Keywords: biography; Christianity; chronology; clothing; economics; ethics; geography; historiography; history; military affairs; philosophy; religion; science and technology; trade and manufacture
Translated by: Jennifer Benedict on 3 May 2001@16:36:40.
Vetted by:
Catharine Roth (modified translation, added references) on 3 May 2001@22:32:14.
Catharine Roth (Added link.) on 7 May 2001@20:06:41.
Catharine Roth (modified translation) on 8 May 2001@01:14:02.
Catharine Roth (added cross-reference) on 17 February 2002@23:19:35.
David Whitehead (augmented keywords; restorative and other cosmetics) on 10 June 2003@05:36:28.
Catharine Roth (augmented reference) on 28 November 2004@23:37:53.
Catharine Roth (added keyword) on 2 October 2005@01:41:21.
Catharine Roth (coding) on 17 August 2006@00:57:43.
Catharine Roth (tweaked translation) on 31 December 2011@17:50:58.
David Whitehead (more keywords; cosmetics) on 12 January 2012@06:00:52.
David Whitehead (another note) on 28 April 2015@02:41:46.
Catharine Roth (tweaked translation) on 28 April 2015@10:40:42.
Ronald Allen (added map notes and cross-references) on 5 April 2018@23:43:19.
Catharine Roth (modified translation, added a link) on 7 April 2018@18:24:07.
Catharine Roth (tweaked translation) on 7 April 2018@18:27:27.
Catharine Roth (expanded notes) on 7 April 2018@18:42:27.
Catharine Roth (recent tweaks inspired by Ron Allen's suggestions) on 7 April 2018@18:45:44.

Headword: Ἄϊδος κυνῆ
Adler number: alpha,675
Translated headword: Hades' dog-skin [helmet]
Vetting Status: high
Translation:
A proverb[1] [directed] toward those concealing themselves with certain devices. For such was the dog-skin [helmet] of Hades, which Perseus used when he cut the throat of the Gorgon.[2]
Greek Original:
Ἄϊδος κυνῆ: παροιμία πρὸς τοὺς ἐπικρύπτοντας ἑαυτοὺς διά τινων μηχανημάτων. τοιαύτη γὰρ ἡ τοῦ ᾍδου κυνῆ, ᾗ Περσεὺς χρησάμενος τὴν Γοργόνα ἐδειροτόμησεν.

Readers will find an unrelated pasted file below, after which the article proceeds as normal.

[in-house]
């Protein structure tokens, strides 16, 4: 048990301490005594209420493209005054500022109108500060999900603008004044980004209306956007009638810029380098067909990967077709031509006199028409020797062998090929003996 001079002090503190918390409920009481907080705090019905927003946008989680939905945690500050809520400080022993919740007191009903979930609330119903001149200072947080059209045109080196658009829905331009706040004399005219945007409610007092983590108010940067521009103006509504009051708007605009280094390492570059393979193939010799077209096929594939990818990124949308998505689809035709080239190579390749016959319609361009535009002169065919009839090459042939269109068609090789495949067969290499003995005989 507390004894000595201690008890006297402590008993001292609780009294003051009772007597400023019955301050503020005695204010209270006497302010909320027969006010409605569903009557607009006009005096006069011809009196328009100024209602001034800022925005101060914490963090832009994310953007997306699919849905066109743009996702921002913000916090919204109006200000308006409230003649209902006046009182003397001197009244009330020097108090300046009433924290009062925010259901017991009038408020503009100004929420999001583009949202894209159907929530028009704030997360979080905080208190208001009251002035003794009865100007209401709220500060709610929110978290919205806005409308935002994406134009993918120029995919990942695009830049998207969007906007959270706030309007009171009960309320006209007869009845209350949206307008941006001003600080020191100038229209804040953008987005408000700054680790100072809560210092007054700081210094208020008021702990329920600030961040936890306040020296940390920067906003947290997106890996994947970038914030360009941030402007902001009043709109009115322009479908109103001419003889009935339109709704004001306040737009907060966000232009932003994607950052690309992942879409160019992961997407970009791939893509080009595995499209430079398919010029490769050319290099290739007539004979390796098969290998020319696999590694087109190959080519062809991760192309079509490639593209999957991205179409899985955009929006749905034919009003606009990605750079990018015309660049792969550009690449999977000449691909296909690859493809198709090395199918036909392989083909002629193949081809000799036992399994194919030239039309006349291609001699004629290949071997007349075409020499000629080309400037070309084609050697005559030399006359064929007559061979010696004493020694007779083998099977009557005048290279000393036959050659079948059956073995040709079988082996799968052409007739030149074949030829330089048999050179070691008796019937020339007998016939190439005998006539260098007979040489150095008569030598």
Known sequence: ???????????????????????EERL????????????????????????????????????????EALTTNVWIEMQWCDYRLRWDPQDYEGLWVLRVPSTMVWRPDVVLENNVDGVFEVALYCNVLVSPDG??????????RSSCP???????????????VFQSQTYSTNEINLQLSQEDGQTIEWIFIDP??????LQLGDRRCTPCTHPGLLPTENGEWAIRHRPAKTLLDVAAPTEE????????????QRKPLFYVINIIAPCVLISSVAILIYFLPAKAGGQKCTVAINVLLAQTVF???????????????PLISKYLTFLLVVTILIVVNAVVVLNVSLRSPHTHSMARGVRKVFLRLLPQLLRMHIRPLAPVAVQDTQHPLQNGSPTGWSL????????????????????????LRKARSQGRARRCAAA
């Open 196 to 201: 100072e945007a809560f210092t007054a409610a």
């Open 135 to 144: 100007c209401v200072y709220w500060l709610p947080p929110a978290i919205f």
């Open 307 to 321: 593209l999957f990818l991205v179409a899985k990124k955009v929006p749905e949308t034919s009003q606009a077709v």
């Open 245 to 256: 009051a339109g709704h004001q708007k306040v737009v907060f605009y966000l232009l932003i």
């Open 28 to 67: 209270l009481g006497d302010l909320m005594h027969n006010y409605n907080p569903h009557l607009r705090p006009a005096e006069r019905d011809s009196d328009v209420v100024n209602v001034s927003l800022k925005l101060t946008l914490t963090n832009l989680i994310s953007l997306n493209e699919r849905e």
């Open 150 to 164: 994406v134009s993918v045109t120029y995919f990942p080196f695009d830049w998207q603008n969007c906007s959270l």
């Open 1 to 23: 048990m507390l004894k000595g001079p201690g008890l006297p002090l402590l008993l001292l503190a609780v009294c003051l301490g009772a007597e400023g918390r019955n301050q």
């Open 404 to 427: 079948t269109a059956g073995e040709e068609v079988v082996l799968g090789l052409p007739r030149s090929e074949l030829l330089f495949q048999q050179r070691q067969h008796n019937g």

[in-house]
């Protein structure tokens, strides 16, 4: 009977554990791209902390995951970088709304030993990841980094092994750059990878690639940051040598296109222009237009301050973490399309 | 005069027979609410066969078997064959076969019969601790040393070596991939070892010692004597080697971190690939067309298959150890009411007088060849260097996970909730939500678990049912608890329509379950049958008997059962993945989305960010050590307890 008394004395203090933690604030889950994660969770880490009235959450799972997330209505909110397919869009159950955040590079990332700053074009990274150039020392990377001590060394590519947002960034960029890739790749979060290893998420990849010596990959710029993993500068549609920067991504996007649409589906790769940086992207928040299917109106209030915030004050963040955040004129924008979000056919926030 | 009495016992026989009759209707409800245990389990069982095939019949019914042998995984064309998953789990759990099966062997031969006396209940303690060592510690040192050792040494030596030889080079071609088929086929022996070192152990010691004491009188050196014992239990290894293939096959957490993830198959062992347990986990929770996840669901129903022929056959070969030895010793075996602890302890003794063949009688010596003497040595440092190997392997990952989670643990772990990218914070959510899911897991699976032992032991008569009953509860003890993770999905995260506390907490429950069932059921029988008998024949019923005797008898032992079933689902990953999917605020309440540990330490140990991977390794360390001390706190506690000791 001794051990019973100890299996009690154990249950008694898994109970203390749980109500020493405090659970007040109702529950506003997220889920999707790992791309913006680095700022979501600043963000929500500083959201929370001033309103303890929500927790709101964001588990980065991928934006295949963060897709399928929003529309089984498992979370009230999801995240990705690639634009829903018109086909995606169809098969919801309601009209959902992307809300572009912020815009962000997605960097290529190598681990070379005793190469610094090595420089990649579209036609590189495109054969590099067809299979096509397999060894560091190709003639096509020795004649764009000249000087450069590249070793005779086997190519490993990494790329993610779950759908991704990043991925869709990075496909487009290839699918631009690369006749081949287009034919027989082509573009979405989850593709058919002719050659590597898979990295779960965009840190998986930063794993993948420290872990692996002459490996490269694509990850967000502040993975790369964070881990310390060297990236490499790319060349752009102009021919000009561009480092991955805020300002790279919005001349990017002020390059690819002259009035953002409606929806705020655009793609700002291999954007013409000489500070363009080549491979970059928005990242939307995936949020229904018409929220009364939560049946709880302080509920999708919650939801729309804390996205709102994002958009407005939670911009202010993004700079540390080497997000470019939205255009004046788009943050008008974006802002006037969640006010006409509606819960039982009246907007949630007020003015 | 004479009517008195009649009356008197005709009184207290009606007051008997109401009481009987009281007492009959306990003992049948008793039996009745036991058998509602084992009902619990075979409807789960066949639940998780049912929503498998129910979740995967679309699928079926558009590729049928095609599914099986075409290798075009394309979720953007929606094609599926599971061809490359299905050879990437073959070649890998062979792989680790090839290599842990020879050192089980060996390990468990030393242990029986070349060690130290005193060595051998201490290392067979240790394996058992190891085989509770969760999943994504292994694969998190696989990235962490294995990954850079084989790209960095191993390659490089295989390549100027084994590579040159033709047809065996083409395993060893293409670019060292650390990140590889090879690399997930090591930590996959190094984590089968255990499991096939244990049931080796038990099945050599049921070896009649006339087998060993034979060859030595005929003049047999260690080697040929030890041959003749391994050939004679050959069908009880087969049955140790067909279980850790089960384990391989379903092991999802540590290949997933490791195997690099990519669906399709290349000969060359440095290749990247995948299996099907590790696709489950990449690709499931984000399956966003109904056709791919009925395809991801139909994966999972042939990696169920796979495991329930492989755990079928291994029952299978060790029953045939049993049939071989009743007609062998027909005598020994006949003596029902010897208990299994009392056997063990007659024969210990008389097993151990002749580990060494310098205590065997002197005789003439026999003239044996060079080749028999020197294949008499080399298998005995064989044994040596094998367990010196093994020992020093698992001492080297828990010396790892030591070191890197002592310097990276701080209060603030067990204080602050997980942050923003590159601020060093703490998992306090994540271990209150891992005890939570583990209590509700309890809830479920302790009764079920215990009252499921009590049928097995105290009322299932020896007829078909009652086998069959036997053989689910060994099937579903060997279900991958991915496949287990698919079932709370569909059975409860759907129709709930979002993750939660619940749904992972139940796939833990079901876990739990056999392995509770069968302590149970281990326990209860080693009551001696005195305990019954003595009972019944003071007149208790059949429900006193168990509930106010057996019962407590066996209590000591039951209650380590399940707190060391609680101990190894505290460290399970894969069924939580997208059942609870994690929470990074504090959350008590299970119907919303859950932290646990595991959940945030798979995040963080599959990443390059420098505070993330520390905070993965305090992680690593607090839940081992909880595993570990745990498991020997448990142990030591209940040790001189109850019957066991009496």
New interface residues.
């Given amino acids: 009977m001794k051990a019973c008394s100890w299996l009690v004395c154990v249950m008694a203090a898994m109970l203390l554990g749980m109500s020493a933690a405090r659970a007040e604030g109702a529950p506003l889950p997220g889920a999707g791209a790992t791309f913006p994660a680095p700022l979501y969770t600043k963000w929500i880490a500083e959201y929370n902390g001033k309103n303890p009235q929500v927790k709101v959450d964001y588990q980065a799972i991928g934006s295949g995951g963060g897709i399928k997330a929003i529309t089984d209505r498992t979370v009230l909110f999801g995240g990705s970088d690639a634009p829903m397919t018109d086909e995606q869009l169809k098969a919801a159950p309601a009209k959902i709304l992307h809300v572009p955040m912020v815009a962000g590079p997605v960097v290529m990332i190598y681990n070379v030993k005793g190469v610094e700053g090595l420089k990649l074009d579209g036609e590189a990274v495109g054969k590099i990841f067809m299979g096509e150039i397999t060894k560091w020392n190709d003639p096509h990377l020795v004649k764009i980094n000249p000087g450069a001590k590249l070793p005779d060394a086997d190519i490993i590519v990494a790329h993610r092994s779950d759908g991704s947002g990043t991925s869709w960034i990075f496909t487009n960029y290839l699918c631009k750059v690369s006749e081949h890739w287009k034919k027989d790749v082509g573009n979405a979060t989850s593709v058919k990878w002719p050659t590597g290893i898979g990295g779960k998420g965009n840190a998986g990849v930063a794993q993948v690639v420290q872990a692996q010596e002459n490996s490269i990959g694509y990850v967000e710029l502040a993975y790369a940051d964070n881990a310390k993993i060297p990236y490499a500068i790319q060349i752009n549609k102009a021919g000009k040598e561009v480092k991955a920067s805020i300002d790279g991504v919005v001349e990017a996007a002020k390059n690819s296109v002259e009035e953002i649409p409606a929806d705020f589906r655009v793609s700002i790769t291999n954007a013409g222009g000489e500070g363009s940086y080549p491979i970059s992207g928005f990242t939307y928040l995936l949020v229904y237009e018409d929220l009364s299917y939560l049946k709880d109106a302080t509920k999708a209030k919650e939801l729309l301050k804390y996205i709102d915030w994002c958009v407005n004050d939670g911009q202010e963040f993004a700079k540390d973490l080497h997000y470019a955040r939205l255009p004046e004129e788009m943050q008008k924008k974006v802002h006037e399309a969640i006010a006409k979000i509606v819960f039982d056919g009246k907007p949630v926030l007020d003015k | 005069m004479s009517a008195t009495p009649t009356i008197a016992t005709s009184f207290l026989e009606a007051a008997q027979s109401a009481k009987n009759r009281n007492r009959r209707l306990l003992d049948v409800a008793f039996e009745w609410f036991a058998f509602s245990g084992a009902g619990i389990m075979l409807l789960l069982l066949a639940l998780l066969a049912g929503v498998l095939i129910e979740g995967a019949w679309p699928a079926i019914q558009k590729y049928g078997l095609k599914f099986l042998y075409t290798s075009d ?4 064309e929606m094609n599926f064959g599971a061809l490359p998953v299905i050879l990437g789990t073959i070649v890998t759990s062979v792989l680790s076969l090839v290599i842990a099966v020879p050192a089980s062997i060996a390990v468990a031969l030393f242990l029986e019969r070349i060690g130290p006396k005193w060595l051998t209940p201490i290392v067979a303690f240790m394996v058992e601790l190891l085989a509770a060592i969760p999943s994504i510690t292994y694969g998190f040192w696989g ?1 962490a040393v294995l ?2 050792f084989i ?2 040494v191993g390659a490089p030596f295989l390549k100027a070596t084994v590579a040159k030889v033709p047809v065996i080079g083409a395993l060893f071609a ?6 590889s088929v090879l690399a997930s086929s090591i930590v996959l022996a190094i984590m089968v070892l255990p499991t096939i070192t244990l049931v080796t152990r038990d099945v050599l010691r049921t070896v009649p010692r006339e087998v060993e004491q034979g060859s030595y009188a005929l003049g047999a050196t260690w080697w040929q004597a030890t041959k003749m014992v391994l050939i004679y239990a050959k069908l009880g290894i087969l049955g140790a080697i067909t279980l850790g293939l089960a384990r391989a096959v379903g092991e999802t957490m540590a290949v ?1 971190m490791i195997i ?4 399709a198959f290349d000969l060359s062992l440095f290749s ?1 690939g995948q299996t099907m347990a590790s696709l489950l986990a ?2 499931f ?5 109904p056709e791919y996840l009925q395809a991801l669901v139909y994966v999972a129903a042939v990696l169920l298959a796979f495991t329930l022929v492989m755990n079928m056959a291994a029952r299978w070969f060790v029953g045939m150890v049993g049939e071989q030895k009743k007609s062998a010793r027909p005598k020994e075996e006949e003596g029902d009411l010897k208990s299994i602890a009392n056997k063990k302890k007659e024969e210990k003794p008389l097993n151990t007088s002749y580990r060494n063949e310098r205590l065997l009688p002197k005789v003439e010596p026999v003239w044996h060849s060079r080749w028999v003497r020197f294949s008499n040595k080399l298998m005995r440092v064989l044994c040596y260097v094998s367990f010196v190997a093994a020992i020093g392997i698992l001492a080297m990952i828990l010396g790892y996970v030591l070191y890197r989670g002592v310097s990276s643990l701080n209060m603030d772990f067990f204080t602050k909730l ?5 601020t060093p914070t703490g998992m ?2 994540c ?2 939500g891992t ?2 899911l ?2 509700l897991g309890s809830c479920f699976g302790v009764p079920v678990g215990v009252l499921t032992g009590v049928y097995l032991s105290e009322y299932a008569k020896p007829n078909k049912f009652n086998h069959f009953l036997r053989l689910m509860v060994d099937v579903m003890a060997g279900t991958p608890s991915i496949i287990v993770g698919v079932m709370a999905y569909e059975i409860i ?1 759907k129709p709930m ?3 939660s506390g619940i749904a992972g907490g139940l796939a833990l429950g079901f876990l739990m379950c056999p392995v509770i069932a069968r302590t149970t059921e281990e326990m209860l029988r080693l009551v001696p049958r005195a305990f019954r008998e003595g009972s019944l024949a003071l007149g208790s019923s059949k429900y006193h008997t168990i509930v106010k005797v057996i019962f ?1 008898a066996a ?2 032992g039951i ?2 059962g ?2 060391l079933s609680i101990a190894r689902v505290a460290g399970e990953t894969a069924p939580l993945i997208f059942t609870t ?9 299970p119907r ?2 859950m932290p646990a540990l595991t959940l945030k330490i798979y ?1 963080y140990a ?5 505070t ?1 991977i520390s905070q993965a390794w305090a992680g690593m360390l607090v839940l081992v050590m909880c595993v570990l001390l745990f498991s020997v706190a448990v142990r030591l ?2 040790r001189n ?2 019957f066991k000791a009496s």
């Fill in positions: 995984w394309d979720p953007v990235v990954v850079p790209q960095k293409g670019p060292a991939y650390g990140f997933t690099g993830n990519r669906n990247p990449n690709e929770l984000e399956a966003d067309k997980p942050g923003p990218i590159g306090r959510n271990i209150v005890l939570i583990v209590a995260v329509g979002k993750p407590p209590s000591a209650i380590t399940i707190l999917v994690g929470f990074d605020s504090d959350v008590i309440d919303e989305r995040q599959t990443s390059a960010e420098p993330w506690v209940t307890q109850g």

Notes:
See also alpha 676. A "helmet" of the kind in question allegedly owed its name to being made of dogskin.
[1] Zenobius 1.41.
[2] cf. generally gamma 390.
Keywords: aetiology; clothing; daily life; mythology; proverbs; trade and manufacture; zoology
Translated by: Jennifer Benedict on 16 March 2001@20:55:04.
Vetted by:
David Whitehead (modified headword and translation; added note and keywords) on 17 March 2001@06:44:15.
David Whitehead (augmented notes and keywords; tweaks and cosmetics) on 17 March 2008@08:17:58.
Jennifer Benedict (tweak to notes) on 17 March 2008@10:02:52.
David Whitehead (another keyword; tweaks) on 13 January 2012@08:51:38.

Headword: Ἄϊδος κυνῆ
Adler number: alpha,676
Translated headword: Hades' dog-skin [helmet]
Vetting Status: high
Translation:
Aristophanes [writes]: "take for my sake the shadow-shaggy Hades helmet from Hieronymos." The proverb[1] was [sc. originally] said about those who are invisible. But now about those who grow their hair exceedingly long. For this Hieronymos was a melic and tragic poet [who was] deviant and unkempt, because he wrote roles that were too sentimental and used fearful masks; he seemed to be (?)applauded.[2] He was mocked for growing his hair all long: wherefore comedically [Aristophanes] said he is Hades' dog-skin, since he has long hair.
Greek Original: